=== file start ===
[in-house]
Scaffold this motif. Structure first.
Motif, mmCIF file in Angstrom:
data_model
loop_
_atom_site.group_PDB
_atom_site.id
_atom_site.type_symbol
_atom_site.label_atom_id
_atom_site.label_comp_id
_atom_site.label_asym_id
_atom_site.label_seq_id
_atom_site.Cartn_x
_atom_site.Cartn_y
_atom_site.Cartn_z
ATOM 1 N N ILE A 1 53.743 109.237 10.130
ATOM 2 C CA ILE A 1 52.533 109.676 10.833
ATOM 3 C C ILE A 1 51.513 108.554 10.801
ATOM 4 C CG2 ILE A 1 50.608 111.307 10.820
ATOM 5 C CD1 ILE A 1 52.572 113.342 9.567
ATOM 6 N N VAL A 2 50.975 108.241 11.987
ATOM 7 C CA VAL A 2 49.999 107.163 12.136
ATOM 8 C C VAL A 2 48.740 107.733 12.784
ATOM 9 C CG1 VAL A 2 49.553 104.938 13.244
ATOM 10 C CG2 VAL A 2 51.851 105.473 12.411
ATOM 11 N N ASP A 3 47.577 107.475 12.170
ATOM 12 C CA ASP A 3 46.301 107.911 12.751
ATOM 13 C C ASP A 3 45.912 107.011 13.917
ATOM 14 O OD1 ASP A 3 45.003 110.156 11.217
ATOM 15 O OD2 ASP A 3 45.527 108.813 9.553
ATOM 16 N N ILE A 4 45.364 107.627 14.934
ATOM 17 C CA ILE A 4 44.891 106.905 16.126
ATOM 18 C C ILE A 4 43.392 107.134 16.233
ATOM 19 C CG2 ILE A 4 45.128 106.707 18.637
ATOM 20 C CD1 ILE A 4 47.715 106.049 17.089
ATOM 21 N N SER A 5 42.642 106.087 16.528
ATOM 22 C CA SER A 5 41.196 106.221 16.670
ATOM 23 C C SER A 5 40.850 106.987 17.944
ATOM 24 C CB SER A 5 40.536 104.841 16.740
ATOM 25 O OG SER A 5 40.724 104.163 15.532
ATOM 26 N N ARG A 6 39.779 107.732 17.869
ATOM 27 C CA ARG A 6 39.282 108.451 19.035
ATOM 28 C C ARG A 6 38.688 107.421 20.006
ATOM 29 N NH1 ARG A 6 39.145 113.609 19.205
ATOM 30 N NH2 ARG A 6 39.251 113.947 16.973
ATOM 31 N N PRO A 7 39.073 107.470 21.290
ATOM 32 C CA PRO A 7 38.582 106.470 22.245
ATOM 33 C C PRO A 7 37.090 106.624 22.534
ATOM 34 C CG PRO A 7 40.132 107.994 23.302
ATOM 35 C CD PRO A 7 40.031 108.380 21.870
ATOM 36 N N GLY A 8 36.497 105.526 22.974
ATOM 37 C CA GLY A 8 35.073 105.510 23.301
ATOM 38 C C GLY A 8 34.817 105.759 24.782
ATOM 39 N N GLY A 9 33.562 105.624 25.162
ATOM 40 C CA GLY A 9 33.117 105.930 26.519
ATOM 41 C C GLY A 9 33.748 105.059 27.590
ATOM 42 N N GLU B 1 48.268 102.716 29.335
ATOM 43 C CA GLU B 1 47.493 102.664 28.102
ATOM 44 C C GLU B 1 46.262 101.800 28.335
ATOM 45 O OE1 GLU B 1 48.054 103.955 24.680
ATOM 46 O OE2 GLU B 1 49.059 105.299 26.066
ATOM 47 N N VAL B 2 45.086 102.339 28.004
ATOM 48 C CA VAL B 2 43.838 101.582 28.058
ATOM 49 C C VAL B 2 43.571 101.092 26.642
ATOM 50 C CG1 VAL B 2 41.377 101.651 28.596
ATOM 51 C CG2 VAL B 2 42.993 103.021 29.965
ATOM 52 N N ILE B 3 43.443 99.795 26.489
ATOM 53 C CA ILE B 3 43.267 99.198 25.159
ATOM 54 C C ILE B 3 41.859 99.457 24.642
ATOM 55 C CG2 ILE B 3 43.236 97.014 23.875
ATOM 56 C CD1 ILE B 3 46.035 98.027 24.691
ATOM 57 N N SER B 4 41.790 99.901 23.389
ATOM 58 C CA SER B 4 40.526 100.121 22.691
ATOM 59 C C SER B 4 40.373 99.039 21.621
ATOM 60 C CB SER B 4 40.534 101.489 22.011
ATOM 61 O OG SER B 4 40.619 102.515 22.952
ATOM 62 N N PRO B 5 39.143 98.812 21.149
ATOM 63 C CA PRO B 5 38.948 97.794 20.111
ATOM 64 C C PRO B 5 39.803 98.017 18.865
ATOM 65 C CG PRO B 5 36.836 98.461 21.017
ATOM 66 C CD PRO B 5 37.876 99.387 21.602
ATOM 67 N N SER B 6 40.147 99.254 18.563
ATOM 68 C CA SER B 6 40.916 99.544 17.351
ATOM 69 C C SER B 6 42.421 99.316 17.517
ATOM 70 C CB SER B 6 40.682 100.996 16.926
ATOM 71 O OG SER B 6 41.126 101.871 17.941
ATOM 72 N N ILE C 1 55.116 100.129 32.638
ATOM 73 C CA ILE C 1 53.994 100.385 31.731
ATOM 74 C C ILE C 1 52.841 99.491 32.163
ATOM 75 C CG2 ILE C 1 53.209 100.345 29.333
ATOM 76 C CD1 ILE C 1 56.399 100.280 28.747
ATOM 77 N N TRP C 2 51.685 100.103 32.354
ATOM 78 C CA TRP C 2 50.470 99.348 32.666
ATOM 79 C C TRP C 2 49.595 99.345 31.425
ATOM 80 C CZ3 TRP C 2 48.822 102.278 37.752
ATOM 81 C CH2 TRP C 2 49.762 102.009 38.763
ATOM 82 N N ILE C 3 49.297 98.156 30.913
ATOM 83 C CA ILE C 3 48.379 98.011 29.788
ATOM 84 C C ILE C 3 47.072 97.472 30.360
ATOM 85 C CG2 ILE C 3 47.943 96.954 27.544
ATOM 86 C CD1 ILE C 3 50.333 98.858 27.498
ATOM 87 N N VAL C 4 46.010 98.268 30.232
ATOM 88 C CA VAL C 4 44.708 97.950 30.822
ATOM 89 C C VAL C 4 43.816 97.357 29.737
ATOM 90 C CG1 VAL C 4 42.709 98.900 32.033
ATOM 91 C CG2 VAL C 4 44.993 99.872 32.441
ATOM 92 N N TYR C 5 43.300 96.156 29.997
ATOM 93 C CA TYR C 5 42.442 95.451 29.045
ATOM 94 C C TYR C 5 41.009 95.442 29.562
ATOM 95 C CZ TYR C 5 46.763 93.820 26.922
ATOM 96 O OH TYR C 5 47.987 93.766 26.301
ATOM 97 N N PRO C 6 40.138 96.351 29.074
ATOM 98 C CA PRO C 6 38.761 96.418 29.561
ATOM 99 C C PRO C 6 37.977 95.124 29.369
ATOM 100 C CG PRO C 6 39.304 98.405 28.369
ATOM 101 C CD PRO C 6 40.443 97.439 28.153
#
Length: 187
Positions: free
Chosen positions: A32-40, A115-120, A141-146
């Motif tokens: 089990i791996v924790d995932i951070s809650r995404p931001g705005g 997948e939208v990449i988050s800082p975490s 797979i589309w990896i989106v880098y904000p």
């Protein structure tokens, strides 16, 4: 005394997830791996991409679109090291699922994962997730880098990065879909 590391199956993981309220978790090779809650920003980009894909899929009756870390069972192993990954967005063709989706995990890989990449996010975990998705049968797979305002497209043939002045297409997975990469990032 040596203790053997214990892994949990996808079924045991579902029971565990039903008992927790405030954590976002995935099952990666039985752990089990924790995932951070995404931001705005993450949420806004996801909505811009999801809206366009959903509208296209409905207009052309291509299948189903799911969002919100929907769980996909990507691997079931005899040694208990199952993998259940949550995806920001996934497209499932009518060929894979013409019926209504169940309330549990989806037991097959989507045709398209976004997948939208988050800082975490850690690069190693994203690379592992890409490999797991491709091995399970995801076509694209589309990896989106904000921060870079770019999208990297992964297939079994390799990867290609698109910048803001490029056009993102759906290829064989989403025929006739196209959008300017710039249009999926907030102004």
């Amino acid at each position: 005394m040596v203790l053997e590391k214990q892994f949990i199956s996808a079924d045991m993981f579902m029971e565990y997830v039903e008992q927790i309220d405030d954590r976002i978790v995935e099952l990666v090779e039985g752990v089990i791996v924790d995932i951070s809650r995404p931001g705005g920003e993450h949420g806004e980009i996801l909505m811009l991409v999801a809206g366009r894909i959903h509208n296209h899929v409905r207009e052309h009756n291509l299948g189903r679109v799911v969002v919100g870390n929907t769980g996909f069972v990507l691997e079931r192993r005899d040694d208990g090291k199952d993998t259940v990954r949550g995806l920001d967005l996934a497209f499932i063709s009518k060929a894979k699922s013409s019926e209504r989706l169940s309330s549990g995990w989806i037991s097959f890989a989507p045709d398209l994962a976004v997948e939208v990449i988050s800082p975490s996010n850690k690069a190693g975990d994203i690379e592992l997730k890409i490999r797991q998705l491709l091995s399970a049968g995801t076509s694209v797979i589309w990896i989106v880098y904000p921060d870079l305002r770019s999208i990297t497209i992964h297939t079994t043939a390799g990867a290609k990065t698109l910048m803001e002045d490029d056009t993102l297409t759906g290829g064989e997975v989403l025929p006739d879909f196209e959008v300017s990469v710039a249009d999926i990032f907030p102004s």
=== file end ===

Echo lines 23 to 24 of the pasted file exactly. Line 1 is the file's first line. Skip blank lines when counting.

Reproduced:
ATOM 8 C C VAL A 2 48.740 107.733 12.784
ATOM 9 C CG1 VAL A 2 49.553 104.938 13.244